Male, 35-years-old, skin colour: white, obese with body weight 112 kg, Australian Greek. He received EA for numbness of the feet which was diagnosed as due to mild lumbar canal stenosis. He had had twelve 30 min sessions with DC intermittent waves with 50 Hz, the range of frequency was 18 cycles/min, (The same DC device as used in case 2), using 0.30×75 mm needles with depth of 70–74 mm. The needle brand was Holy Dragon Japanese style metal handle needles with guide tube for single use, Australian TGA approved, CE 0197. Skin pigmentation was recorded at the last treatment session dated 20 December 2010. Skin pigmentation was still noticeable 42 days later (figure 2), but they were lighter marks and had reduced in size from 4 mm to 2 mm.
Literature searches for pigmentation caused by acupuncture were conducted in PubMed/Medline, EMBASE, Scopus, Cochrane Library, SpringerLink, MD Consult, AMED, Open J-Gate, ScienceLink Japan, Google Scholar and the Chinese databases, VIP, Wangfangdata, CNKI. One extensive review of significant adverse events associated with acupuncture 1 included a few reports of argyria associated with unusual forms of acupuncture treatment.2,–,5 It seems then that there are no published reports of acupuncture causing skin pigmentation in humans.
From my clinical observation, pigmentation of the skin is a very common side effect among patients who have received courses of manual acupuncture or EA (more than 12 sessions, at least twice a week). Our group completed a randomised controlled clinical study of EA for the treatment of the third lumbar transverse process syndrome,6 in which six out of 36 in the manual acupuncture group and 11 out 37 in the EA group developed pigmentation of the skin at the needle sites. This phenomenon was recorded in the original research data but not described in the published report because we believed that such skin change was likely to be short-lived.
Skin change seems especially prevalent among paralysed patients. I observed more than 100 patients who suffered from post-stroke paralysis in a rehabilitation hospital where acupuncture with high frequency manual methods using large gauge needles (0.42–0.45 mm in diameter) was administered once a day. Pigmentation of the skin could be seen in every patient, even those who did not receive EA.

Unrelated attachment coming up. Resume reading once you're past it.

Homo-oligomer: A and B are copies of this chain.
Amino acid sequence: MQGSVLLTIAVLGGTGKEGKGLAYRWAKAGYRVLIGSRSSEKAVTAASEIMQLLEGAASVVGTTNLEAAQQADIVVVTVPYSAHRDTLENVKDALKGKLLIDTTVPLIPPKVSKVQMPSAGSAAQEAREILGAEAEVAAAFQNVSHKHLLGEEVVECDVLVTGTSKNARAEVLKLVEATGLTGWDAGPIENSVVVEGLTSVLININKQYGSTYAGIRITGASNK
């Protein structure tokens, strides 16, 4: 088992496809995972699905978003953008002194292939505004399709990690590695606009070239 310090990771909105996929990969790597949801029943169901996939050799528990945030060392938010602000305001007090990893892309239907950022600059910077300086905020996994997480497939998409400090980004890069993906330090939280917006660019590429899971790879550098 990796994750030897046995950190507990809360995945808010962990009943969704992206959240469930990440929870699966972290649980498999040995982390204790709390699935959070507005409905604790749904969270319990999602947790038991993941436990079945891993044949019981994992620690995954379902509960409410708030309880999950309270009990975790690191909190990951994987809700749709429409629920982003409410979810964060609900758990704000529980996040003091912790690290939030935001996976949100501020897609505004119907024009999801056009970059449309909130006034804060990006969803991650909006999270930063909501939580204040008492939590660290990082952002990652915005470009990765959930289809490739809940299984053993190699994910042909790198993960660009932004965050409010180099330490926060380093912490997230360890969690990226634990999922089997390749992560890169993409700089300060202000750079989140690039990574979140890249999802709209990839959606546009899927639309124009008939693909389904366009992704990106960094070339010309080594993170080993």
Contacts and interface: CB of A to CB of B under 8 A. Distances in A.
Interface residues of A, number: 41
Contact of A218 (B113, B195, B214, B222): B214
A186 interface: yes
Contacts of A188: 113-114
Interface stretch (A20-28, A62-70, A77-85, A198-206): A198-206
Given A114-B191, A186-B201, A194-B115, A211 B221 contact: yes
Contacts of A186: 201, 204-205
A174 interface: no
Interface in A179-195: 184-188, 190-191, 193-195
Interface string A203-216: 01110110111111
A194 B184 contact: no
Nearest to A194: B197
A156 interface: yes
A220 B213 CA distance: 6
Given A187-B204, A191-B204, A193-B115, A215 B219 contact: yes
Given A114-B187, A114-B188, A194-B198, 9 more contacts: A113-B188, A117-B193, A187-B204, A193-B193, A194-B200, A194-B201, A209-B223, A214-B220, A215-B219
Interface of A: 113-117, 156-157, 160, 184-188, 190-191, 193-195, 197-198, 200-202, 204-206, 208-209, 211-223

A brief review of EA technique aspects may increase our understanding of EA apparatus: During treatment, the patient's sensation is produced by the front and rear edges of the electric wave; the width of the wave is associated with the phenomena of electrolysis, electrophoresis, electrodialysis and the production of the heat; the wider the width of the wave, the greater the width, the greater the effect (figure 3). Ionisation is more likely to occur with one-way current than with two-way, balanced current (figure 4).7 Most EA apparatus uses a wave width of 0.4–1 ms, and also produces waves in alternate directions to avoid phenomena such as ionisation.7 Because of technical difficulties, most EA apparatus commonly used in clinical settings, which have so-called balanced electrical waves, actually have the positive wave larger than the negative one, rendering the waves unbalanced (figure 5). The unbalanced waves produce weak ionisation.
KWD-808II Multi-purpose Health Device and G6805-1 device are commonly used in clinical settings and the technical aspects of their design is generally suitable. In the cases reported above, the skin pigmentation is highly unlikely to have been caused by chemical burn effect or by physical overheating, since these are too mild to have any impact on the patient's skin. The fact that the positive and negative waves are not exactly balanced could create mild ionisation. But we believe that electrolysis is unlikely to play a role in skin pigmentation because any ferric ions released would readily be removed from the site. Furthermore, only manual methods were used in case 3. We cannot be sure what causes skin pigmentation, but we can speculate that it may be associated with vigorous movement of the needles possibly causing micro-haemorrhages.
In reality, pigmentation of the skin may be linked to the size of the needles, the depth, the frequency (eg, intermittent electrical waves of higher frequency), stimulation methods such as stronger manual techniques and the total duration of stimulation over all sessions. For EA, the use of 50–100 Hz causes more physical stimulation than lower frequencies so we regard it as a higher dose. The total dosages in a treatment course can be calculated by the time of each session multiplied by the number of sessions. The stronger the dosage the more chance there is a skin changes.
A further review of the records from December 2010 provided some more information. Of the 18 cases treated with intermittent EA, eight had higher intensity of stimulation (with the switch set to the second or third mark out of four on the apparatus): both cases described above, cases 2 and 4, were included in this higher dose group. For the 11 cases treated with manual techniques, six cases only received needle shaking as this is most acceptable to patients. The needles were stimulated more strongly by twisting, pulling and pushing in five cases, which included the one whose skin pigmentation is reported here.
Skin pigmentation occurs with manual acupuncture and with EA, but the mechanism is not clear. It seems unlikely to be due to ionisation by EA, but it may be linked to the overall strength of stimulation of the needles.
The author is delighted to have Dr Mike Cummings comment on this manuscript. The author also wants to thank Dr Adrian White for his suggestions and contributions to this manuscript.
Competing interests None.
Patient consent Obtained.
Ethics approval Ethics approval was obtained from Research Ethical Conduct Unit, M Modern Traditional Chinese Medical Clinic, Melbourne, Australia.
Provenance and peer review Not commissioned; internally peer reviewed.